Tuesday, March 03, 2009
While smoking has an obvious detrimental effect on health and longevity, some individuals are known to take up the practice in order to lose weight, while those who are current smokers are hesitant to quit for fear of gaining weight.
Indeed, some reports suggest that adolescent girls who are trying to lose weight are twice as likely to be smokers as girls who are not attempting to lose weight.
Additionally, it has been shown that cessation of smoking on average results in an increase of body weight of 2.8 kg in men and 3.8 kg in women. Further, a total of 10% of men and 13% of women who quit smoking may gain in excess of 13kg.
Given the interplay between excess weight and smoking, an interesting question recently addressed by an article in the British Medical Journal is which of these factors, smoking or obesity, are more important with regards to risk of death.
The study used nationwide conscription data on 45 920 Swedish men who performed mandatory military conscription tests at approximately 18 years of age back in 1969-70. Some 38 years later the authors investigated who of these men had since died, and the relationship between their weight and smoking status and conscription and their subsequent likelihood of mortality.
In comparison to normal weight men (BMI = 18.5-24.9 kg/m2) obese (BMI >30.0 kg/m2) men had more than double the risk of dying, while overweight (BMI = 25.0-29.9 kg/m2) men had a 33% greater chance – even after smoking status was accounted for in the analyses.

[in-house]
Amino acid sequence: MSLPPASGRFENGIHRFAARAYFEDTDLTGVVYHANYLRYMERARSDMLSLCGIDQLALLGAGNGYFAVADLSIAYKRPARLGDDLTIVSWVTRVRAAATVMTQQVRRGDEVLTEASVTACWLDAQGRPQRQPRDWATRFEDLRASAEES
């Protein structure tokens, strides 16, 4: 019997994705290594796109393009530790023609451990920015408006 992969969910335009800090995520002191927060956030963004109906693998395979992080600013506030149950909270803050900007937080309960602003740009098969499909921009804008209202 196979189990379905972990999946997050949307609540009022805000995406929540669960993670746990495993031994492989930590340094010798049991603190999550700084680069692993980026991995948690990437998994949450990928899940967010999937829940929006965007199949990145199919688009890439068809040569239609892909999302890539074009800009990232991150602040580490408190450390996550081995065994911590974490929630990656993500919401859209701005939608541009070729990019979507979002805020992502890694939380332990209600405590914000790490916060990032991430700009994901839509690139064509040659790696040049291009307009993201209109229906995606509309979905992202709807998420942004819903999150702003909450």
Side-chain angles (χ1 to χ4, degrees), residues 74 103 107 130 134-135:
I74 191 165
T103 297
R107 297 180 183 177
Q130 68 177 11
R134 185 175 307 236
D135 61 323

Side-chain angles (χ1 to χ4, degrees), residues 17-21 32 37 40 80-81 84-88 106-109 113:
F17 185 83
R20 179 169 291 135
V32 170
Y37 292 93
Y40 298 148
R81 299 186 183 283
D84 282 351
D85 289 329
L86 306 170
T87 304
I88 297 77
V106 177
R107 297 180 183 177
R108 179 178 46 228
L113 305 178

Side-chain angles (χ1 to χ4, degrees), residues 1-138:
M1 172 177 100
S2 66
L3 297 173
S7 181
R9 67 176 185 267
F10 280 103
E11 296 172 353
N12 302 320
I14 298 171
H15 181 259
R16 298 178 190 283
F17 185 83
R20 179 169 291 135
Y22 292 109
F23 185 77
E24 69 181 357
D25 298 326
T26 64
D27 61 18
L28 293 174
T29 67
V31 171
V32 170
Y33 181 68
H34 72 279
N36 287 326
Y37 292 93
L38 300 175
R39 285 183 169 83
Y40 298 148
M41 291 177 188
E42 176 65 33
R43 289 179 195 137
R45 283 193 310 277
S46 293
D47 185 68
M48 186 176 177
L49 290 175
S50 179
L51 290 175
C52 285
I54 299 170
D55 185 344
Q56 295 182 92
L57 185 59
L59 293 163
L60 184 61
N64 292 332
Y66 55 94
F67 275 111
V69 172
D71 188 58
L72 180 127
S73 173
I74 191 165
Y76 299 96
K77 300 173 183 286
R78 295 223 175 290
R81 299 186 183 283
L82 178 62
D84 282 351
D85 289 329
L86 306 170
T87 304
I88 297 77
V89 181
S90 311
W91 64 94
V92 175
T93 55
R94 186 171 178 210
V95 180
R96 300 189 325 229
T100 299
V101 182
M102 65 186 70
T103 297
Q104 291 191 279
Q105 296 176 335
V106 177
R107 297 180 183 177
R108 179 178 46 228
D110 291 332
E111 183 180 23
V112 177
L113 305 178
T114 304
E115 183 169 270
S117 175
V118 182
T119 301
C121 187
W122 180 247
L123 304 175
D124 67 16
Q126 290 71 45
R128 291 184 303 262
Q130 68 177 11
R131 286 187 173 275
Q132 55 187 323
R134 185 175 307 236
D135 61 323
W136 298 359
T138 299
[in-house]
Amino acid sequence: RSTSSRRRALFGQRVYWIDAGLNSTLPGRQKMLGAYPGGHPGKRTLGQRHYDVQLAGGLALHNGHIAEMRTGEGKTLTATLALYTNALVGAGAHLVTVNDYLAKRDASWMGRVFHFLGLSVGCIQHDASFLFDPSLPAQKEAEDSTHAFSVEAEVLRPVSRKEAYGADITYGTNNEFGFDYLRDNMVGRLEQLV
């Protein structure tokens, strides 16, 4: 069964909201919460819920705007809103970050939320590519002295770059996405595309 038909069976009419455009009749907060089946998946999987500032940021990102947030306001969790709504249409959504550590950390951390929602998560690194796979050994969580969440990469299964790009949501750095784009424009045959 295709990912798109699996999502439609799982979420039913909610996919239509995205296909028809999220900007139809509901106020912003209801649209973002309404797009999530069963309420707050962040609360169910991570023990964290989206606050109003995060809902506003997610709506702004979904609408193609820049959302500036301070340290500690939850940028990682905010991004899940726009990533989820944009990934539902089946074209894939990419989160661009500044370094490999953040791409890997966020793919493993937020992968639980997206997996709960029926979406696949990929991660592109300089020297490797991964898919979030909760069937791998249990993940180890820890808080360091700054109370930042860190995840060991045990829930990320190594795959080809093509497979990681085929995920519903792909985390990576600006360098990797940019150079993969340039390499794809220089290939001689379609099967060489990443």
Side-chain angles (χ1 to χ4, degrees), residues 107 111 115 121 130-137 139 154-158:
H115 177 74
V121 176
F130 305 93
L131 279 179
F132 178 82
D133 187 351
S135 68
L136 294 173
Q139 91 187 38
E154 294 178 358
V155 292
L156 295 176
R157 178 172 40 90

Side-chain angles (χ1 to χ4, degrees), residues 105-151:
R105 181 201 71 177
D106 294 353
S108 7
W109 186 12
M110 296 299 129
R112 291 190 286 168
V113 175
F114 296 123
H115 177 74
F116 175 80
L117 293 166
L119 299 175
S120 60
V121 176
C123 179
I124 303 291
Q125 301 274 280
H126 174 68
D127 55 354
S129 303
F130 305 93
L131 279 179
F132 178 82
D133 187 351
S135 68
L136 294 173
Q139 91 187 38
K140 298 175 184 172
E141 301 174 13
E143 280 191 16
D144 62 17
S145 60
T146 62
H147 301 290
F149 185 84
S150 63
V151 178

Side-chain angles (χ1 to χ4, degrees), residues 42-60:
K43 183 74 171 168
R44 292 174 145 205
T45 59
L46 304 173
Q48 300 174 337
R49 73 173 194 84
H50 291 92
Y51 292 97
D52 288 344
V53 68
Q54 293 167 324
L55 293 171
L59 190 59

Secondly, in comparison to non-smokers, heavy smokers (>10 cigarettes/day) had more than double the mortality risk, while light smokers (1-10/day) had a 54% higher chance – even after weight status was accounted for in the analyses.
When looking at the combined effect of smoking and weight status on mortality, it became apparent that both have a similarly detrimental effect on longevity. That is, normal weight/light smokers have the same risk of death as overweight/non-smokers, while normal weight/heavy smokers have approximately the same risk of death as obese/non-smokers.
Predictably, worst off were men who were both obese and heavy smokers who, in comparison to normal weight non smokers, had almost a 5-fold risk of dying.
So there you have it – smoking and carrying excess weight are equally likely to kill you.
On a grander scale, in order to establish the true importance of these two risk factors on mortality rates in a given country, the prevalence of both smoking and obesity must be considered. In the recent Canadian past, while obesity rates have been on a steady climb, smoking rates, particularly among adolescents, have been on a severe decline (from 14% in 2001 to 8% in 2005) – likely due to the strong anti-tobacco movement. Thus, it would appear that the time has come for the government to step up and do for obesity rates what has shown to be so successful for smoking rates.
(Thanks to loyal Obesity Panacea follower, Ian Kudryk for drawing my attention to the article)
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